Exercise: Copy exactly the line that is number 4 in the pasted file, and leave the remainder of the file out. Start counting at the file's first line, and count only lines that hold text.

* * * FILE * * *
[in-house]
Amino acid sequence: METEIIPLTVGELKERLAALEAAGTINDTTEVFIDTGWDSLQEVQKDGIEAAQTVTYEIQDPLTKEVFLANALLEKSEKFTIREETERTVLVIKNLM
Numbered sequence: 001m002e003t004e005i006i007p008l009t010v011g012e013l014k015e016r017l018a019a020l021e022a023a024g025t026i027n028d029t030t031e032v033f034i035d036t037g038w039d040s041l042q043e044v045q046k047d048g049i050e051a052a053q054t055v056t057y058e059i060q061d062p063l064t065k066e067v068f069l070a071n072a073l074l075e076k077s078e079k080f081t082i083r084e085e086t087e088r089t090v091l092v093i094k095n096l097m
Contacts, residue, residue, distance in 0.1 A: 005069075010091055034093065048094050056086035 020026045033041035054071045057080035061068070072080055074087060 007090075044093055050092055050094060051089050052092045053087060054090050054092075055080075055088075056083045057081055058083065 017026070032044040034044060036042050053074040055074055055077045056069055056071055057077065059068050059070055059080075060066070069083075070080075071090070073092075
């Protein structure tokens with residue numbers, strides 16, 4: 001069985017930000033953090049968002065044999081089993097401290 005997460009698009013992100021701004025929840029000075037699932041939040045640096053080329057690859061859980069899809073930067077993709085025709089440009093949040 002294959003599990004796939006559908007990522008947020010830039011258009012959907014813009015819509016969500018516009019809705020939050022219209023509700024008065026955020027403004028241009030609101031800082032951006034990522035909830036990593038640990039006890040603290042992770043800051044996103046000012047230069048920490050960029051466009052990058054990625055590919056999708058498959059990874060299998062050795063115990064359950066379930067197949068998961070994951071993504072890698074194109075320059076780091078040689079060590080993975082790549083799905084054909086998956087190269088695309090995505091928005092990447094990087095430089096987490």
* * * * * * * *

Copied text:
Contacts, residue, residue, distance in 0.1 A: 005069075010091055034093065048094050056086035 020026045033041035054071045057080035061068070072080055074087060 007090075044093055050092055050094060051089050052092045053087060054090050054092075055080075055088075056083045057081055058083065 017026070032044040034044060036042050053074040055074055055077045056069055056071055057077065059068050059070055059080075060066070069083075070080075071090070073092075